Review by Michael Ernest Sweet
Henri Cartier-Bresson is a name like no other when it comes to street photography. After all, HCB is often credited as the “grandfather” of the genre. Although HCB was, unquestionably, a key figure in the development of what would become known as street photography, his role may not have been as intentional as we sometimes like to believe. For example, an essential element in the development of street photography was the invention of the highly-portable camera, i.e. the 35mm, which, coincidentally, aligned with HCB’s emergence as a photographer. The result of this new camera format, especially in the hands of a highly-skilled photographer, was some very notable early street photography. Hence, HCB’s notoriety with the emergence of the genre.
Why bother to make this distinction between intention and coincidence? I do so, mostly, in an effort to unhitch Cartier-Bresson from the confines of street photography so that we may more fully appreciate the scope of his contribution to photography in general. Enter the new collection of his work from Prestel Publishing, simply titled, Henri Cartier-Bresson – Photographer. The very generic title is important in two regards. One, it emphasizes the need to see HCB’s work more broadly than merely within the confines of street photography and, two, it hints at the comprehensive nature of this superb volume of work.
Henri Cartier-Bresson is, rightly speaking, a photographer in the most general sense. Some images are posed, some are candid; some of his photographs are portraits, some abstracts, some landscapes, and many are, yes, street photography proper. There is also a compelling argument to be made that HCB was a photojournalist at heart. He was, actually, a master in all genres, really. A mere glimpse through this collection will bear out this fact. HCB was simply a great photographer.
Copyright ⓒ Madrid, Spain, 1933. (c) Henri Cartier-Bresson / Magnum Photos
Copyright ⓒ Calle Cuauhtemoctzin, Mexico, 1934. (c) Henri Cartier-Bresson / Magnum Photos
This new collection is a great book for any street photographer to have in her collection. It is a great teaching instrument not only on HCB but on black and white photography in all of its splendor. You will learn too many things about HCB for me to even attempt to enumerate them here. However, some of what you will glean from this collection may surprise you. For example, this book allows one to fully and easily see that HCB had no signature look in his photography. Yes, many of his most noted images, especially in street photography, have a coherent visual signature, but this was not true of his wider body of work. For example, I am reminded of one image, Mexico City 1934, which is a passionate semi-nude entanglement of two bodies. There is some motion blur and the energy is wonderful. However, it does not look, at all, like a Cartier-Bresson photograph. In fact, if it were hanging on a wall, and I had to guess in an instant, I would likely say Daido Moriyama, or possibly Anders Petersen. Elsewhere, there are photographs that require careful study to distinguish them from a painting – L’Isle-sur-la-Sorgue 1988, for example. This is the charm of HCB – he is a master in multiple genres and Prestel has done a magnificent job of lying that bare in this collection.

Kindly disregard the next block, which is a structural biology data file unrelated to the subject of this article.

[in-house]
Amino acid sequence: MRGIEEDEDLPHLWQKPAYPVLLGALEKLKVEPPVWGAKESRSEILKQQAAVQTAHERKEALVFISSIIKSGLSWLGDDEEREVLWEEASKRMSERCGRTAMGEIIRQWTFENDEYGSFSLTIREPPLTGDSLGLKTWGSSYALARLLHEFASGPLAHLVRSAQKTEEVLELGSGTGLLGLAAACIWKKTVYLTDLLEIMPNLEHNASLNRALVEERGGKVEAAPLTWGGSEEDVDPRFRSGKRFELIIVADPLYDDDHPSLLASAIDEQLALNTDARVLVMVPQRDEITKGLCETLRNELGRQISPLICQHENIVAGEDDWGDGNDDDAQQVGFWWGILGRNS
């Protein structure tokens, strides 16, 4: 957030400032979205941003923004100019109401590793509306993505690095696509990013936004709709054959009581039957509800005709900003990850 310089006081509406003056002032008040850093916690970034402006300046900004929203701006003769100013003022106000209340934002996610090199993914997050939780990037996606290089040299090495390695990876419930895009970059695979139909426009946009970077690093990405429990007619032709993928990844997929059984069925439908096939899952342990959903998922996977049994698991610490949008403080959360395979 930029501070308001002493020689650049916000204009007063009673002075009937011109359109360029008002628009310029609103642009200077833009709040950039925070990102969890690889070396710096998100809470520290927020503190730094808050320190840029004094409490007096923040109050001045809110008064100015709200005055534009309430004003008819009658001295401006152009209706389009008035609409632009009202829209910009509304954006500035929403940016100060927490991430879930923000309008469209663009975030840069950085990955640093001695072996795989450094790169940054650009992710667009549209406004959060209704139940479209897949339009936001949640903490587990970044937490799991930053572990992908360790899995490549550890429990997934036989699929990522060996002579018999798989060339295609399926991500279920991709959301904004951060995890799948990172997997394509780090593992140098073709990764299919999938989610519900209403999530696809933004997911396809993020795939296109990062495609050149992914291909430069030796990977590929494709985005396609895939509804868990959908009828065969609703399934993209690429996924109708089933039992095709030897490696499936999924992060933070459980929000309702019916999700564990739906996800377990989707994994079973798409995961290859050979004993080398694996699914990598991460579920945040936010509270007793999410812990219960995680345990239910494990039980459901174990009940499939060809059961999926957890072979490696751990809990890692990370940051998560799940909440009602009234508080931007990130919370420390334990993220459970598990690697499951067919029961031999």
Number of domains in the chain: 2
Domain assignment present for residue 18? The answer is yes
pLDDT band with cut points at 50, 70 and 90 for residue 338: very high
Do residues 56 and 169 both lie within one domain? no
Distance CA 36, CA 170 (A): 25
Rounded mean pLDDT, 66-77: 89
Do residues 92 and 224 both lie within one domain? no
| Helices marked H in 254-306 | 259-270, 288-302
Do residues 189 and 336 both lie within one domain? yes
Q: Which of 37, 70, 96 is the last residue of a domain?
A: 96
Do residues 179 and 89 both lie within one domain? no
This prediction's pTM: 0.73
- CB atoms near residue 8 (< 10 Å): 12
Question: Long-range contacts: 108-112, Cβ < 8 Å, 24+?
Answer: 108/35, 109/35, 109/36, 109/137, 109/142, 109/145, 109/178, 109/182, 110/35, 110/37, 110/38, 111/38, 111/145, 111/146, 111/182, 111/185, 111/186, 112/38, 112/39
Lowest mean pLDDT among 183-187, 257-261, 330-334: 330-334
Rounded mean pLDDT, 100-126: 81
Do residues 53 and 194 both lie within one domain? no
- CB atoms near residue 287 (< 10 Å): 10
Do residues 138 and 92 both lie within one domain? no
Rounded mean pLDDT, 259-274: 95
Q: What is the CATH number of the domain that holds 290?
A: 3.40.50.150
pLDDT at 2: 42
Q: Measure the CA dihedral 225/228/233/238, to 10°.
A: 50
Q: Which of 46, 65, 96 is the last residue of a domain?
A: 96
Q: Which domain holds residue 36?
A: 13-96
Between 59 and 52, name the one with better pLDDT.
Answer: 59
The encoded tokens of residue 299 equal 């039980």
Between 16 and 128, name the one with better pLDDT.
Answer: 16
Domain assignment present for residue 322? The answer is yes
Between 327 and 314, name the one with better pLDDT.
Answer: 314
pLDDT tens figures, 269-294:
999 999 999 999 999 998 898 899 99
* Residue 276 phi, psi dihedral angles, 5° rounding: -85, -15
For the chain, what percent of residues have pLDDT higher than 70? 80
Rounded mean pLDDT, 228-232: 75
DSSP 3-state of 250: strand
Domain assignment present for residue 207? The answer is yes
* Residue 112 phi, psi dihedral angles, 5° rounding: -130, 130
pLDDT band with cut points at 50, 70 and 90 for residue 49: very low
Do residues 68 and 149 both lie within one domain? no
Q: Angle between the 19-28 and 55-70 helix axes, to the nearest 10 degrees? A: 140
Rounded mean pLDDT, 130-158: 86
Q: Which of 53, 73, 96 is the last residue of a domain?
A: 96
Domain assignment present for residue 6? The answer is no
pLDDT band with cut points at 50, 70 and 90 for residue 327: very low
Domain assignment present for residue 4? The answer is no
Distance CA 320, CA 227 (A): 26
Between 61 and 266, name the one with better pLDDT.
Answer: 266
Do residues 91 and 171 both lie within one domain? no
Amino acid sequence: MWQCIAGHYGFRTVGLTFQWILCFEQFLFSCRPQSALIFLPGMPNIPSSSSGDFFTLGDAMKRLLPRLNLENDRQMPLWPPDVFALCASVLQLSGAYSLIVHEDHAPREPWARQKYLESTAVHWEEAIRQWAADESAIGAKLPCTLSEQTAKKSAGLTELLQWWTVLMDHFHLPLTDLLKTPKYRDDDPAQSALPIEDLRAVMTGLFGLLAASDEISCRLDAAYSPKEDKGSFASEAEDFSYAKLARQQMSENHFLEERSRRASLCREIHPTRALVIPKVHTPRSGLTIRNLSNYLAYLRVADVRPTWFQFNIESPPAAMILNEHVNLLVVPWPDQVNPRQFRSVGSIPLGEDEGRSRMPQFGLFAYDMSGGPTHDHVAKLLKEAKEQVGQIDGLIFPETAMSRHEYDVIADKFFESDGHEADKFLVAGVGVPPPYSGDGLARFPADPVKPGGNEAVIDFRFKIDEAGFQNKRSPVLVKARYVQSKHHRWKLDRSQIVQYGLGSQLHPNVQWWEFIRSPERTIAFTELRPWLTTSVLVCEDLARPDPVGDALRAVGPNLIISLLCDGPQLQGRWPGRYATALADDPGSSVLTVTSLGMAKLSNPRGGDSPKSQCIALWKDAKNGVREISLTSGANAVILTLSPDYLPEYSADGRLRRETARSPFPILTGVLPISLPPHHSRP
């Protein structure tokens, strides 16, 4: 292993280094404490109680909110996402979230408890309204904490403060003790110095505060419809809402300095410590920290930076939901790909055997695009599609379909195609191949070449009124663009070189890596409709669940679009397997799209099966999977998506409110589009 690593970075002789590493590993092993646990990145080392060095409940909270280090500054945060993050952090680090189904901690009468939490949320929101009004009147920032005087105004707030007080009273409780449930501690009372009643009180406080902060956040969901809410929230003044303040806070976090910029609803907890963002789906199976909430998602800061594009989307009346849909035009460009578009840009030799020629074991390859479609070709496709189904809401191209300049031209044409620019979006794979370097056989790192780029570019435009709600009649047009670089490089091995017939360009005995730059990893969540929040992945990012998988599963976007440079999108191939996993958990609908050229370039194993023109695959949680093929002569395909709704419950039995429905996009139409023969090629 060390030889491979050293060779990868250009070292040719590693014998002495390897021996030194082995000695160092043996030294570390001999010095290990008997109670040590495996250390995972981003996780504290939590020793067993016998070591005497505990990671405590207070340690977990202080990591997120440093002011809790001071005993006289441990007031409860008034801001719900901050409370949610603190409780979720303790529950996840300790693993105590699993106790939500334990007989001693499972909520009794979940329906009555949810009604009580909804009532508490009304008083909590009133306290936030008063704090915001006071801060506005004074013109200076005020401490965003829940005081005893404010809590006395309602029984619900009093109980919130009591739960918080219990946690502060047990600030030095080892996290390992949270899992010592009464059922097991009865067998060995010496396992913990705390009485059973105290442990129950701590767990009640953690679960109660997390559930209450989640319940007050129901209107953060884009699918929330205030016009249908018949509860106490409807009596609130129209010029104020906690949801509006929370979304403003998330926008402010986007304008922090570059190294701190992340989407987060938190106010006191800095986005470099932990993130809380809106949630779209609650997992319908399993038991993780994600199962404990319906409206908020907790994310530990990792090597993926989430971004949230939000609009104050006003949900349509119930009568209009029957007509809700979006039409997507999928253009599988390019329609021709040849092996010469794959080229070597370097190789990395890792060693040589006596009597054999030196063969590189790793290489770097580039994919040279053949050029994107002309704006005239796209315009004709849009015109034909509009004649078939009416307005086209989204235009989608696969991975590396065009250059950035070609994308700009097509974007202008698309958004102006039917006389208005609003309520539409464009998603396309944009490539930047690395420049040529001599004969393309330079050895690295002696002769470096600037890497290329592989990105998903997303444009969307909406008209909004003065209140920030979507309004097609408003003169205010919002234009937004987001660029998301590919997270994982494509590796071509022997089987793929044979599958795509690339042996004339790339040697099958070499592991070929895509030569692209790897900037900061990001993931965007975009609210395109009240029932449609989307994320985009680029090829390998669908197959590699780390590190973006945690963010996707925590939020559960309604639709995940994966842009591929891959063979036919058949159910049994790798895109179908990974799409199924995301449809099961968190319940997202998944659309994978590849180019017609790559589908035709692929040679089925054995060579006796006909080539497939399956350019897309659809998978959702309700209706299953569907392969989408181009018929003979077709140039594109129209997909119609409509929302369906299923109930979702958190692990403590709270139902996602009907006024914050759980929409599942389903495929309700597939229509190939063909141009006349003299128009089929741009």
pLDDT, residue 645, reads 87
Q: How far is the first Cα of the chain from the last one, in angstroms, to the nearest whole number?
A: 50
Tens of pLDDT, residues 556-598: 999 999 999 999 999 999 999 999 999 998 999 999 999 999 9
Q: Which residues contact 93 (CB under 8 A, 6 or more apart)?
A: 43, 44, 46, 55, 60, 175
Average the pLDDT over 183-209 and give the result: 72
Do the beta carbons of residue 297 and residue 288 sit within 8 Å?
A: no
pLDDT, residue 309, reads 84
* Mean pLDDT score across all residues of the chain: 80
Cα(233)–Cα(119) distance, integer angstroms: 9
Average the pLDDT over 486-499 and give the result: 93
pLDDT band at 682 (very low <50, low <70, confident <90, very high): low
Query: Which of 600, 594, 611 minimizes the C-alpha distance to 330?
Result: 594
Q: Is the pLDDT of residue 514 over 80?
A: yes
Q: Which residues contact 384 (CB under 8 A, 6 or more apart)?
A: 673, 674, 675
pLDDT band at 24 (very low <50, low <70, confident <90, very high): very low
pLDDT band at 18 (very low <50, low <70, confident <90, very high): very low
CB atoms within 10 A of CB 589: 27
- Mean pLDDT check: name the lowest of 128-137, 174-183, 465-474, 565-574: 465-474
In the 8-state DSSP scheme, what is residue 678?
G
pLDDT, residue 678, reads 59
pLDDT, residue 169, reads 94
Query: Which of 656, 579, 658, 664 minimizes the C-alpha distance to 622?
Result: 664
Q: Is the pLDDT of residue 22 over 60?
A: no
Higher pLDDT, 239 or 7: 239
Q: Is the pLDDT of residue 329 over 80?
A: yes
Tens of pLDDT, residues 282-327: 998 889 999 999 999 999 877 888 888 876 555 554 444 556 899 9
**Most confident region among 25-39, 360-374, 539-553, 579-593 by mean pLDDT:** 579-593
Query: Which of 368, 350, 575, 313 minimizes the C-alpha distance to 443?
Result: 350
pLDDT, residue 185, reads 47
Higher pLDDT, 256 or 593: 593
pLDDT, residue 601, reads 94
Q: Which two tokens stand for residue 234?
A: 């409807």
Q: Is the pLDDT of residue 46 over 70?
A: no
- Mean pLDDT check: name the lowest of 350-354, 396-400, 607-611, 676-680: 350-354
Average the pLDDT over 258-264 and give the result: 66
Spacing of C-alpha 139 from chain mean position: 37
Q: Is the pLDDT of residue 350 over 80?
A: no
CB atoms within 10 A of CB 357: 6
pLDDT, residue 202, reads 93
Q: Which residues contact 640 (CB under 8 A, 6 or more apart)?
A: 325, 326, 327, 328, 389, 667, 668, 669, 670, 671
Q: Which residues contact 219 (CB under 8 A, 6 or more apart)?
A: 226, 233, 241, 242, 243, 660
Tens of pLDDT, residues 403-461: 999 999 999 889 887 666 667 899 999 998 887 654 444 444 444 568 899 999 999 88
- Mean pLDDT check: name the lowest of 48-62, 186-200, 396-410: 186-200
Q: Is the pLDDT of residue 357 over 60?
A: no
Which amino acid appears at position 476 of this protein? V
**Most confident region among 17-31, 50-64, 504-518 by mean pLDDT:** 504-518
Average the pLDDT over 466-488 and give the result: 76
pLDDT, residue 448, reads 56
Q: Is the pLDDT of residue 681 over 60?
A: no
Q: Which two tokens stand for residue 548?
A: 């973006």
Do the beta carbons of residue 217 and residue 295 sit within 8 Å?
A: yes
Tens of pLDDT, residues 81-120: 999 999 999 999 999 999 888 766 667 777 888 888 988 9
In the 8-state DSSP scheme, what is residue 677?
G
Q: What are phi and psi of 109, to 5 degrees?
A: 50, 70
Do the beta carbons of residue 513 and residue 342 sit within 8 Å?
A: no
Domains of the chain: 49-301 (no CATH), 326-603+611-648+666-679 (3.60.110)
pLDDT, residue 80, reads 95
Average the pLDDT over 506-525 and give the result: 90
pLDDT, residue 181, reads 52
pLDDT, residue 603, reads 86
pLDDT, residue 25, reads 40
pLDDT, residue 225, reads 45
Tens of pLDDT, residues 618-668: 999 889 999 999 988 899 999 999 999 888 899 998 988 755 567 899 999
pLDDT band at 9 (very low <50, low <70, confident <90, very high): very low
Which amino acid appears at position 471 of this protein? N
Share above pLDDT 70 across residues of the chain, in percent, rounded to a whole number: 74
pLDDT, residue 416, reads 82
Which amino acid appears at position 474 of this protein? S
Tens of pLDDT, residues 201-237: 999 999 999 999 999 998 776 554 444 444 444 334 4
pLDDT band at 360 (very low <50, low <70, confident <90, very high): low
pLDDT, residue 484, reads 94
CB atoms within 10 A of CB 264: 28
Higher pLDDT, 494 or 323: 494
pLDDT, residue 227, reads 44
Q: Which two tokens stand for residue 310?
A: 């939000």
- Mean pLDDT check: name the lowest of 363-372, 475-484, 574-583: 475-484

Cartier-Bresson possessed a unique ability to make a fantastic portrait. Some are candid, others are posed, but all of his portraits are uncanny in their capturing of the subject’s personality. Whether on the street, or in a makeshift studio, Cartier-Bresson was able to identify the best setting to sit the subject and the precise (dear I say, decisive) moment to fire the shutter. This feat becomes all the more impressive when one studies his contact sheets. Cartier-Bresson was not a machine gun photographer. He was decisive. There is much to be said about this skill in contemporary times when even skilled photographers shoot hundreds of frames to make a single portrait. We could all take a lesson from this more thoughtful approach. I believe one way history will sift out the master photographers from our “everyone is a photographer” times will be through a careful examination of contact sheets or complete archives. Photographic archives have an uncanny way of exposing the master photographer from the lucky striker.
If you have decided to invest in just one volume of work by Henri Cartier-Bresson this is the volume to buy. It is beautifully printed with quality materials and it presents a comprehensive and eclectic overview of HCB’s full body of work. The images are all reproduced at a generous size for proper appreciation and the layout is straight-forward and uncluttered. The introductory essay, by the late art historian, Yves Bonnefoy, points out that HCB claimed to have no understanding of photography. I would challenge you to keep this claim in your mind as you allow the stunning quality of each image to unfold in this book. If it was, indeed, a lack of knowledge about photography that allowed HCB to produce these images, then this volume is the best argument I’ve ever seen for dispensing with the MFA in photography. Far too many photography editors get it wrong these days. I don’t even review some of the books sent to me, as they are simply not worth the effort. This book is different in every way. Prestel got it bang on!
Henri Cartier-Bresson – Photographer
From Prestel Publishing
With a foreword from Yves Bonnefoy
Hardcover with jacket, 344 pages, 29,5×28,5, 170 photographs